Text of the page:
This morning the lectionary gives us a rollicking good story of such improbable occurrences from Acts.  Few itinerant clergy have ever had the sort of excitement and misfortune as Paul and Silas.  They no sooner enter Phillippi when some addled, rag-a-muffin girl begins to follow them.  Exactly like a stray dog that once began to follow me home on the way from school — no matter what I did I could not shoo it away.  I didn’t want to walk too much further for fear the dog would become completely lost from whatever yard it had escaped.  But no matter how I yelled at it, or chased it, or stomped my feet, it wouldn’t leave.  I finally decided to stand still and ignore it.  The dog sniffed my pant leg and shoes, and after what seemed forever, it finally wandered off into the weeds.

So here is this young waif following Paul and Silas, all the time crying after them and making a nuisance of herself.  For days.  And days.  Yelling something about them being sent by the most high God.  Finally, Paul snaps.  In anger he wheels on her and casts out the evil spirit that had been troubling the girl.  Abruptly, it leaves her as she collapses to the ground. 

Her owners discover that she is now normal.  She’s of no use that they can no longer make money from the fortunes she tells. They drag Paul and Silas before the magistrate. This is certainly the point where no good deed goes unpunished.  The girl’s owner accuses Paul and Silas of being disturbers of the peace.  They are trouble makers.  One little exorcism, and what could possibly go wrong?  A lot, that’s what went wrong.  And next thing Paul and Silas are in chains and locked up in the furthermost reaches of the worst prison ever.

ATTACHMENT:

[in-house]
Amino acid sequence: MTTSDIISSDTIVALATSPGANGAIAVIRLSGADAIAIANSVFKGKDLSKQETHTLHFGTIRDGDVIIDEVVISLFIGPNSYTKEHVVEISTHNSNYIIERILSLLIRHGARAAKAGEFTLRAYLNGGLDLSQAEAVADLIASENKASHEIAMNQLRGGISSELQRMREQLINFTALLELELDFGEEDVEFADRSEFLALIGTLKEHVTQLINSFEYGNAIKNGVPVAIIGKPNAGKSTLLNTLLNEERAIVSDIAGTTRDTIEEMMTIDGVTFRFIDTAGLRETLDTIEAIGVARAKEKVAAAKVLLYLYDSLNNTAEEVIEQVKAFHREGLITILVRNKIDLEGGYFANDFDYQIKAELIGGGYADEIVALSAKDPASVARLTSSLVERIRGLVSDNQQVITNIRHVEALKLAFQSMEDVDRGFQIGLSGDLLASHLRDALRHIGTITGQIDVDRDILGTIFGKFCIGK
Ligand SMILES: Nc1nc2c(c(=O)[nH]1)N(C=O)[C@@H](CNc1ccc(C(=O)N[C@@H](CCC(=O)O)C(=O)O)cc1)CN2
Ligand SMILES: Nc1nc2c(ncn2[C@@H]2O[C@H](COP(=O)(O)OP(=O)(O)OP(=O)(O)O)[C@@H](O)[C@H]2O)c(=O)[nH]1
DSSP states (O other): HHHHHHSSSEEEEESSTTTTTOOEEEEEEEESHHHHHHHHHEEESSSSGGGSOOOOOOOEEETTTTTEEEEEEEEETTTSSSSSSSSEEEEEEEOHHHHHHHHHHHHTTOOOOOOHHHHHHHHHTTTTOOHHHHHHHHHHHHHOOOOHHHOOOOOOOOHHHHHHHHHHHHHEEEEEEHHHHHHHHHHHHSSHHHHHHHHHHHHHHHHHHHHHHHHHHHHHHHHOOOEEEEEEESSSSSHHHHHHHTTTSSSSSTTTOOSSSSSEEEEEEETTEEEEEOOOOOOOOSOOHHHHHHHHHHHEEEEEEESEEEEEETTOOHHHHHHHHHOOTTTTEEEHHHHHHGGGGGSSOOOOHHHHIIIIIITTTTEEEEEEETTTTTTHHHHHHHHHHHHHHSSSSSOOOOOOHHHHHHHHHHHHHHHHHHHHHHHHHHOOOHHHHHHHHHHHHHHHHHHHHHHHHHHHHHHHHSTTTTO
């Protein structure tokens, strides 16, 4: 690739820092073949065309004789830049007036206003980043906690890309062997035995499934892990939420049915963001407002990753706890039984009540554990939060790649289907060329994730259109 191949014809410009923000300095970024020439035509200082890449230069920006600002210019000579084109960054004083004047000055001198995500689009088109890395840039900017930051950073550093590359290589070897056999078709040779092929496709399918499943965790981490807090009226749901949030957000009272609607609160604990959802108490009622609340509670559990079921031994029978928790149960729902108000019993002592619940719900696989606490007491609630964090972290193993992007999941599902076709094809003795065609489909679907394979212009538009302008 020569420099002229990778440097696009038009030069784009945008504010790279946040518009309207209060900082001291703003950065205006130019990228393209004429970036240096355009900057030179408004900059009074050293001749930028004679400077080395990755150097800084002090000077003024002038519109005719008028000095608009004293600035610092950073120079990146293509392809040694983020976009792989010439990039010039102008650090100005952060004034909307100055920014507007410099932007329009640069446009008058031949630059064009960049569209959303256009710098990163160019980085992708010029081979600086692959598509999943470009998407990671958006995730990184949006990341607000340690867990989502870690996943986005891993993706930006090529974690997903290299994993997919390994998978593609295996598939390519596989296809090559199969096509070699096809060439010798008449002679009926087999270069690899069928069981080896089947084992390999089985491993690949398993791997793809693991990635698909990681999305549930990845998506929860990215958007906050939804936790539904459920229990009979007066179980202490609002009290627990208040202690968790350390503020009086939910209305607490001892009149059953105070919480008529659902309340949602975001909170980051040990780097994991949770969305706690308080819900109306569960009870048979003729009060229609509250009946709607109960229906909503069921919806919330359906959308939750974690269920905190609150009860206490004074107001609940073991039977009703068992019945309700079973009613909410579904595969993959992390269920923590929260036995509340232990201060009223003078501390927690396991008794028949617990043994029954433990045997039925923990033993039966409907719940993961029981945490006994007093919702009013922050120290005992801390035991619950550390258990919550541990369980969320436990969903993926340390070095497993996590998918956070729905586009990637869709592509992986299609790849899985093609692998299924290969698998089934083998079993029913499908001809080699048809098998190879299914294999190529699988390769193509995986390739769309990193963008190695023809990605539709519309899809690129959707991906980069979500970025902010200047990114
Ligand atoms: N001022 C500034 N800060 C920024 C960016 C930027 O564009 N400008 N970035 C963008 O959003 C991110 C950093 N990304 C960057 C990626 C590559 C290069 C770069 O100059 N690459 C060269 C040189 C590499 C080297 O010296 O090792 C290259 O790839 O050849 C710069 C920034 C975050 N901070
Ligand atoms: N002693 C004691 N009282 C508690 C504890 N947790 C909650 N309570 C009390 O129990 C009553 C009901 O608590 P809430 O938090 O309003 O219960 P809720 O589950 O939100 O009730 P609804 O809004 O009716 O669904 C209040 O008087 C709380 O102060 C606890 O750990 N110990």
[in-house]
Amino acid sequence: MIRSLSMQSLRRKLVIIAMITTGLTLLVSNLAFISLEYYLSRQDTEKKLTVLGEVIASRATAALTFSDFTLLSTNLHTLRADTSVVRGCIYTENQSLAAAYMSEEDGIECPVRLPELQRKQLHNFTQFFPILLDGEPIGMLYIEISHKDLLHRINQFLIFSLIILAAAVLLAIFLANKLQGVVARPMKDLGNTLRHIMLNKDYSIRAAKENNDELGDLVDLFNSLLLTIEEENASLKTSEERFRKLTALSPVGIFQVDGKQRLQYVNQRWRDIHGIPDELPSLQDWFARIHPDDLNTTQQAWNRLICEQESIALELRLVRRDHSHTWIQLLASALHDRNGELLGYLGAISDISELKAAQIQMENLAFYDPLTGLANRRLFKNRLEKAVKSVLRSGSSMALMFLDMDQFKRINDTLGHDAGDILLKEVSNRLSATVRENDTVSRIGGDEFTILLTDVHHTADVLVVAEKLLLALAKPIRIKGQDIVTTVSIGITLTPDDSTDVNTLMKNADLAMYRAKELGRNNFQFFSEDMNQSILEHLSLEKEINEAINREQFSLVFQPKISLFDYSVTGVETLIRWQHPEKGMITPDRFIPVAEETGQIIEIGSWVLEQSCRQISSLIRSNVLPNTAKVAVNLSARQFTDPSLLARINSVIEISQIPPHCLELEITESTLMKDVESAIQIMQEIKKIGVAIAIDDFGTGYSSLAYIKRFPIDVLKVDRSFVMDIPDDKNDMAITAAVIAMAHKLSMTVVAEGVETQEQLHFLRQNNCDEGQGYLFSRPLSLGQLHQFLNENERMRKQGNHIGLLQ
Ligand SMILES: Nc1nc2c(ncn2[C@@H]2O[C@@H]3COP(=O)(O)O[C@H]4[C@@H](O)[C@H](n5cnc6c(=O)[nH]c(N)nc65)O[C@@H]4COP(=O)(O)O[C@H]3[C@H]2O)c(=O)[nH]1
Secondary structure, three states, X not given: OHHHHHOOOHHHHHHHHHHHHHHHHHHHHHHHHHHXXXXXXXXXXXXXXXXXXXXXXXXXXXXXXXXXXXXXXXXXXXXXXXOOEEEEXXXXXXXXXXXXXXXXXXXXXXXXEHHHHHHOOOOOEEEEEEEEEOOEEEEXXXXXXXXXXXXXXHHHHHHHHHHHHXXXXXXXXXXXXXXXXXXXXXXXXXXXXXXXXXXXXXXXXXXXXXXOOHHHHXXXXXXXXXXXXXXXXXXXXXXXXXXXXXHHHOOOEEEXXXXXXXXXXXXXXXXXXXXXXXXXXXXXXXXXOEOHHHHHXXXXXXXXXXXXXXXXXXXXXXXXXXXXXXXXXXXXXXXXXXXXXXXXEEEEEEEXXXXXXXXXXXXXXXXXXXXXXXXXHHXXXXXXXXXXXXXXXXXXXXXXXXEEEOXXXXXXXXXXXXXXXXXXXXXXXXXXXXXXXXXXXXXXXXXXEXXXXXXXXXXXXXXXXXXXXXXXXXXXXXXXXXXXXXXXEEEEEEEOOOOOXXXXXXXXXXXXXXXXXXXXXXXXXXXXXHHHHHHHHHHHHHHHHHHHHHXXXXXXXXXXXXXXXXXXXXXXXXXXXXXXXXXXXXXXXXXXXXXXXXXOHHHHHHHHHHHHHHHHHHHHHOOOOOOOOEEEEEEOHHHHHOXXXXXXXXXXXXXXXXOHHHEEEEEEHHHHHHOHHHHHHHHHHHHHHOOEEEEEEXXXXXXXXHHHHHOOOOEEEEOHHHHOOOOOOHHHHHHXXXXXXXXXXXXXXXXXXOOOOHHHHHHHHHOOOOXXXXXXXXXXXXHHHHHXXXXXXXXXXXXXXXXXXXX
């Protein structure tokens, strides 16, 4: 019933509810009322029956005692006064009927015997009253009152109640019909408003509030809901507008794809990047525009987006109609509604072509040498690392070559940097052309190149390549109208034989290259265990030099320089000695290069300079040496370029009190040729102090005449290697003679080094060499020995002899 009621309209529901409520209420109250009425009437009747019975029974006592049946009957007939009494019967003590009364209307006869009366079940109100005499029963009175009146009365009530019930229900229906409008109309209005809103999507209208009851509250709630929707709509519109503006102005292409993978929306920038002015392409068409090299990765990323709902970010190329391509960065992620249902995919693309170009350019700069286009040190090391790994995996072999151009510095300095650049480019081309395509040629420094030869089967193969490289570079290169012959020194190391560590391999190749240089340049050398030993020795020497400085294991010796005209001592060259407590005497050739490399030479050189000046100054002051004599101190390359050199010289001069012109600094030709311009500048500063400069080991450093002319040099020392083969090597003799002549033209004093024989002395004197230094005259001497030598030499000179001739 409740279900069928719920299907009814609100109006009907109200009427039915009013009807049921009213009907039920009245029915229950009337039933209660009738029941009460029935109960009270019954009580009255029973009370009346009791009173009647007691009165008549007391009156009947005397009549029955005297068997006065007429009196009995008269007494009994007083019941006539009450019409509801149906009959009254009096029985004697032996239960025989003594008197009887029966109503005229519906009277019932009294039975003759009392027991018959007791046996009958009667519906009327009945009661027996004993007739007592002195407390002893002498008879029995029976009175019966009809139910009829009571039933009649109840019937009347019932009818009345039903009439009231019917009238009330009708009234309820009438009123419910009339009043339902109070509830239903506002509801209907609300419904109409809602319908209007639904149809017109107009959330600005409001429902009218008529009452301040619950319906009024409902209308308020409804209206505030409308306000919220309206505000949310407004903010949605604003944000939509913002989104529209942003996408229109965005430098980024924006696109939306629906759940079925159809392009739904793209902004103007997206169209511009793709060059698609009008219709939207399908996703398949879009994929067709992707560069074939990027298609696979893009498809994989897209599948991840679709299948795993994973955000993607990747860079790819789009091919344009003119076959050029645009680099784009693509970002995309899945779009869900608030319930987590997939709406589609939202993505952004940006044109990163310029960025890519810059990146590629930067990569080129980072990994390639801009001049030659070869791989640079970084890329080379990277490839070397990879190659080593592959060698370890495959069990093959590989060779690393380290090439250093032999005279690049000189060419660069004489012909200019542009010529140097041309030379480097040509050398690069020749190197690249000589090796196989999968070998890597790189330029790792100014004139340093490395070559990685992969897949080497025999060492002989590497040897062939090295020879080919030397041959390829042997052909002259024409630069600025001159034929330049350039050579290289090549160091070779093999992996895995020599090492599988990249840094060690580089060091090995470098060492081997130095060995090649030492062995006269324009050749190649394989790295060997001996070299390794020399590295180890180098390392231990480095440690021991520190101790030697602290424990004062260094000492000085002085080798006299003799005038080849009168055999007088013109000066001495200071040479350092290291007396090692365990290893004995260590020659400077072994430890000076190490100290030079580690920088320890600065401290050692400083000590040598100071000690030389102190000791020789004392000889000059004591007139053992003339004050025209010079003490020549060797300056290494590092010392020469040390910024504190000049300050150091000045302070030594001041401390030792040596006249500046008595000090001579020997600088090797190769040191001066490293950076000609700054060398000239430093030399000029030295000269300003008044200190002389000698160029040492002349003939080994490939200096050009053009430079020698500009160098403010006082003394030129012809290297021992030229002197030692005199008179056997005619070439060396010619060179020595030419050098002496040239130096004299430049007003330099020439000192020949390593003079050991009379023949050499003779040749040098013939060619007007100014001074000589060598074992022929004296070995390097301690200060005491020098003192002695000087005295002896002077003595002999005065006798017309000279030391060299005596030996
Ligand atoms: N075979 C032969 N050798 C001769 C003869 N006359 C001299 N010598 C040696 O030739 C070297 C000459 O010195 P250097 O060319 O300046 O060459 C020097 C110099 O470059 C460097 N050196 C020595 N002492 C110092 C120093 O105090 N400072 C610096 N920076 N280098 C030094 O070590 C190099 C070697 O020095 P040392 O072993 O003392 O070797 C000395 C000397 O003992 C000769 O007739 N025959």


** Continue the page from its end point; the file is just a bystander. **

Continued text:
This place is a real hell hole.  It’s dark and dank, the smell of excrement, vomit and mold are overwhelming.  Definitely, not the Ritz.  Crowded with sweating, unwashed bodies it’s hot and humid.  Stifling.  Their new companions are less than desirable.  Downright argumentative.  Nasty wretches.  The worst thugs.  Within minutes their few possessions have been taken from them, and one prisoner has almost choked Silas to death.  Only the intervention of some huge guy speaking a language they didn’t understand had saved them. 

As they cowered in a corner, hoping to avoid notice, they eventually dozed off.  Terrible dreams.  Paul, dreamt of being back on board the little skiff that had landed them on the beach.  Gently rocking back and forth, when suddenly he came to.  Prisoners were shouting and running to and fro as the walls creaked and the floor buckled.  Silas grabbed his arm, drawing him near.  This was the end.  They commended their souls and bodies to God as the prison continued to rock.